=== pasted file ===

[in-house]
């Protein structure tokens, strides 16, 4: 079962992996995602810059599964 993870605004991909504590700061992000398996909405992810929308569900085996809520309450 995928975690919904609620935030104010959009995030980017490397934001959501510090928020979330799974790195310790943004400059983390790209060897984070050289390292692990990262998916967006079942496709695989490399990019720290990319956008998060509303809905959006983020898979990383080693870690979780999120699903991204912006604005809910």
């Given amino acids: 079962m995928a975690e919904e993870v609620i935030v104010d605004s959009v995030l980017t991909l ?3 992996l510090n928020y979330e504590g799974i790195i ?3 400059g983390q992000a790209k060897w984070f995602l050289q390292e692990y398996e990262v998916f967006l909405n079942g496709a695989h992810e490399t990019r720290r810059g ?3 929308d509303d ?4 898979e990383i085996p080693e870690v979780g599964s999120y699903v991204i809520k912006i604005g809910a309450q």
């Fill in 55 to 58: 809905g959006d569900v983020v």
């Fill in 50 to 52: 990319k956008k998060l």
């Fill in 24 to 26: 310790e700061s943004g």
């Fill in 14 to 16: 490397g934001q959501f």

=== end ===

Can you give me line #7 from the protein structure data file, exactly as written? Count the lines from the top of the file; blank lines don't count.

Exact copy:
């Fill in 14 to 16: 490397g934001q959501f």